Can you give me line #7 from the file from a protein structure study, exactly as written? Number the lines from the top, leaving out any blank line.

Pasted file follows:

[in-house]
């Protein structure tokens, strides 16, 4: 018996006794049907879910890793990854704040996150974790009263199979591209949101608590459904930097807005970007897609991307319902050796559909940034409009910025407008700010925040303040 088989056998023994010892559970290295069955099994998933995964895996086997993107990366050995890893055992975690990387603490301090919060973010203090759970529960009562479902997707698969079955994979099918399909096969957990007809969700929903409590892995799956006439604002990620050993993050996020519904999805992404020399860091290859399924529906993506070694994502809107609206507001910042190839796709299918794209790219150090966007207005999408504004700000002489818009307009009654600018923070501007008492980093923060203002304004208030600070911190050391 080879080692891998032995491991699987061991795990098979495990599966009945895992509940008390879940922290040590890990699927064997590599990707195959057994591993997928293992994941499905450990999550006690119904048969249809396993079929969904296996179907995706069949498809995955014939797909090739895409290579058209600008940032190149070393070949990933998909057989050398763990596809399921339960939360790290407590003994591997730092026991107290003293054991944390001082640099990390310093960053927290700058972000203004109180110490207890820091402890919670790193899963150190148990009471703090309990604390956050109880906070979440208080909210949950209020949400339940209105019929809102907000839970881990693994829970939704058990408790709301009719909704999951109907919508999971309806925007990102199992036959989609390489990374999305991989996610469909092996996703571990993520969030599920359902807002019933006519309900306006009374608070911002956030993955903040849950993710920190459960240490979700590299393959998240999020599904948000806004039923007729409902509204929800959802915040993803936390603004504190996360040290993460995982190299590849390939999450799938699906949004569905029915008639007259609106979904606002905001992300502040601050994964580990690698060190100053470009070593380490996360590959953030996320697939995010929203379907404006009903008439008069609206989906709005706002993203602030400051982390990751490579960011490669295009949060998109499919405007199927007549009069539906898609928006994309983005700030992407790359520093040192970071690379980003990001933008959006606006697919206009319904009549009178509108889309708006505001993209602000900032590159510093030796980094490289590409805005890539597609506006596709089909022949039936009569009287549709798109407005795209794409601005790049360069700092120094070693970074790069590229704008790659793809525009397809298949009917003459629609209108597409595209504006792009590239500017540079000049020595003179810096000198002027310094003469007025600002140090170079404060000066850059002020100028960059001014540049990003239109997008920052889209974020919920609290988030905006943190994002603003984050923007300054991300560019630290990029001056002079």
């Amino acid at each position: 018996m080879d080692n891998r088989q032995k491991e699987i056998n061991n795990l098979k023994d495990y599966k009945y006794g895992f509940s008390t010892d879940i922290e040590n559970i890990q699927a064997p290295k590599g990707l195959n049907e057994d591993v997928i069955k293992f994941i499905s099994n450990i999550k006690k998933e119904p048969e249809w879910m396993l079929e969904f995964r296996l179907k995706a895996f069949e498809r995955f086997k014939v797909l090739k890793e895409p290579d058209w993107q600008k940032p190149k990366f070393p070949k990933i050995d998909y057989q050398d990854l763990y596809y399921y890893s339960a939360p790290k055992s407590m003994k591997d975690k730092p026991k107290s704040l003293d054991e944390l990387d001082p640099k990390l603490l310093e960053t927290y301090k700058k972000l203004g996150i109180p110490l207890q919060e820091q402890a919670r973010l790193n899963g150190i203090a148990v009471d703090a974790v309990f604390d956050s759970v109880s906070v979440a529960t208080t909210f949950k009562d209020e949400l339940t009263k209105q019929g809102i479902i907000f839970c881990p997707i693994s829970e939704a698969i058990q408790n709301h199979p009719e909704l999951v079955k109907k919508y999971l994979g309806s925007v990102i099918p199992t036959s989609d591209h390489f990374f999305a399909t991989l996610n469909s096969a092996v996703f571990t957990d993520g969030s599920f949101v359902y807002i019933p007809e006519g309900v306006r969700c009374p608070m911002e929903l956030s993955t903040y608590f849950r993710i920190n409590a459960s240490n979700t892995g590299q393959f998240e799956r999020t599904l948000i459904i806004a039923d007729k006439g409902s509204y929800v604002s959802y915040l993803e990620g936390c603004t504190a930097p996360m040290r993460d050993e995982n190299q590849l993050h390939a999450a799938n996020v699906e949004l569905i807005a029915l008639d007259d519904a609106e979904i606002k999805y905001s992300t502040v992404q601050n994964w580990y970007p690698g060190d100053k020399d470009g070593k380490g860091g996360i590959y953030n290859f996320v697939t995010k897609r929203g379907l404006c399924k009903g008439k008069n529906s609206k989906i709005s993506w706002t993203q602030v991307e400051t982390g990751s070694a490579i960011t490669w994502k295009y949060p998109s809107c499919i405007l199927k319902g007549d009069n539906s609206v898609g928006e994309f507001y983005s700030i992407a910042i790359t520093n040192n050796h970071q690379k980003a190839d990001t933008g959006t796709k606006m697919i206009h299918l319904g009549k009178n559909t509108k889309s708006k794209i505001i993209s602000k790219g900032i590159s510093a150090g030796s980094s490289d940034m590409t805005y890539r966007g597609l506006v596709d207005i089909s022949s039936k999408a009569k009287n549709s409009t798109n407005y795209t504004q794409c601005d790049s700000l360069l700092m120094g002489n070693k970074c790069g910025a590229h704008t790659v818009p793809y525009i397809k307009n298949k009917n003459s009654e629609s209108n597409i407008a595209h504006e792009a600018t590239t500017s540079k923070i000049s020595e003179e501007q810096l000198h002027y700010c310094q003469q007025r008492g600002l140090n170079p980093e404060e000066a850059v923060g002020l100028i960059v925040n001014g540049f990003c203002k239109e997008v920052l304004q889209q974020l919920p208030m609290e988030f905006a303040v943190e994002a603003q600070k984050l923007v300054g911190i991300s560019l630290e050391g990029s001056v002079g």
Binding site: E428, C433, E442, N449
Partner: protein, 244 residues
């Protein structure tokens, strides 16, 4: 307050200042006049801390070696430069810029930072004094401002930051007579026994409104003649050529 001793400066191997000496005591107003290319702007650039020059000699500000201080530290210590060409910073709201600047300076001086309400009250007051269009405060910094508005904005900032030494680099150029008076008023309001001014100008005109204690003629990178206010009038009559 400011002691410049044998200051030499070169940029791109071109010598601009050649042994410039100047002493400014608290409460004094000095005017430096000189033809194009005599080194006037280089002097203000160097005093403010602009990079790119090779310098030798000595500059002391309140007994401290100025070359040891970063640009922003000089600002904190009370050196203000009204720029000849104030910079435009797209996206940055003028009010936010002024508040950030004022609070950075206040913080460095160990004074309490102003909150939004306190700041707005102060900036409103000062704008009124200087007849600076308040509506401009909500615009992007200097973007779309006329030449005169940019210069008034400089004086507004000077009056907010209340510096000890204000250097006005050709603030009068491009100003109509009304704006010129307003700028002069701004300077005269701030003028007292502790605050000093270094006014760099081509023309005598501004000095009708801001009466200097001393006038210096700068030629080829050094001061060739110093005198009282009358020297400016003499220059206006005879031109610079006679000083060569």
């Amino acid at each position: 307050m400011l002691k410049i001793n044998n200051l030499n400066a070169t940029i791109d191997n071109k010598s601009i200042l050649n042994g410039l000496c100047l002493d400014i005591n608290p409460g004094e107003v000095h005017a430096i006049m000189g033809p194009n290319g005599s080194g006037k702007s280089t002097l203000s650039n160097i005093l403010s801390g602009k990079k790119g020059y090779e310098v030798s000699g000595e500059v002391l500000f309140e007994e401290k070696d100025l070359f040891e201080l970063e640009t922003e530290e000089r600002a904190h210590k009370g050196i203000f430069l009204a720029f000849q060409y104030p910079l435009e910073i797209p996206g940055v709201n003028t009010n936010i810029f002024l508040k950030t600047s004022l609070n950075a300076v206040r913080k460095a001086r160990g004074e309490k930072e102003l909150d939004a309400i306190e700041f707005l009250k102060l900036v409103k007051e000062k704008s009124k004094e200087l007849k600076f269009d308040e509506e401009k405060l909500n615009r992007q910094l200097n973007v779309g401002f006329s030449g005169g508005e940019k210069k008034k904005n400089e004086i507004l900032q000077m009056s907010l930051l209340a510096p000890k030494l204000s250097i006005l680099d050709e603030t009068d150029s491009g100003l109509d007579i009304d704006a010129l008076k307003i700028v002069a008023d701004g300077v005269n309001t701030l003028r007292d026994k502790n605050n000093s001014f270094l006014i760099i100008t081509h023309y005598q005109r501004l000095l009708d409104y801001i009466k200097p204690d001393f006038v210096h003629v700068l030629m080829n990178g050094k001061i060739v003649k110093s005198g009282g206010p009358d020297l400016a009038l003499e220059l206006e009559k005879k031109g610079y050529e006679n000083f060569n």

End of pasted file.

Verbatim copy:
């Amino acid at each position: 307050m400011l002691k410049i001793n044998n200051l030499n400066a070169t940029i791109d191997n071109k010598s601009i200042l050649n042994g410039l000496c100047l002493d400014i005591n608290p409460g004094e107003v000095h005017a430096i006049m000189g033809p194009n290319g005599s080194g006037k702007s280089t002097l203000s650039n160097i005093l403010s801390g602009k990079k790119g020059y090779e310098v030798s000699g000595e500059v002391l500000f309140e007994e401290k070696d100025l070359f040891e201080l970063e640009t922003e530290e000089r600002a904190h210590k009370g050196i203000f430069l009204a720029f000849q060409y104030p910079l435009e910073i797209p996206g940055v709201n003028t009010n936010i810029f002024l508040k950030t600047s004022l609070n950075a300076v206040r913080k460095a001086r160990g004074e309490k930072e102003l909150d939004a309400i306190e700041f707005l009250k102060l900036v409103k007051e000062k704008s009124k004094e200087l007849k600076f269009d308040e509506e401009k405060l909500n615009r992007q910094l200097n973007v779309g401002f006329s030449g005169g508005e940019k210069k008034k904005n400089e004086i507004l900032q000077m009056s907010l930051l209340a510096p000890k030494l204000s250097i006005l680099d050709e603030t009068d150029s491009g100003l109509d007579i009304d704006a010129l008076k307003i700028v002069a008023d701004g300077v005269n309001t701030l003028r007292d026994k502790n605050n000093s001014f270094l006014i760099i100008t081509h023309y005598q005109r501004l000095l009708d409104y801001i009466k200097p204690d001393f006038v210096h003629v700068l030629m080829n990178g050094k001061i060739v003649k110093s005198g009282g206010p009358d020297l400016a009038l003499e220059l206006e009559k005879k031109g610079y050529e006679n000083f060569n």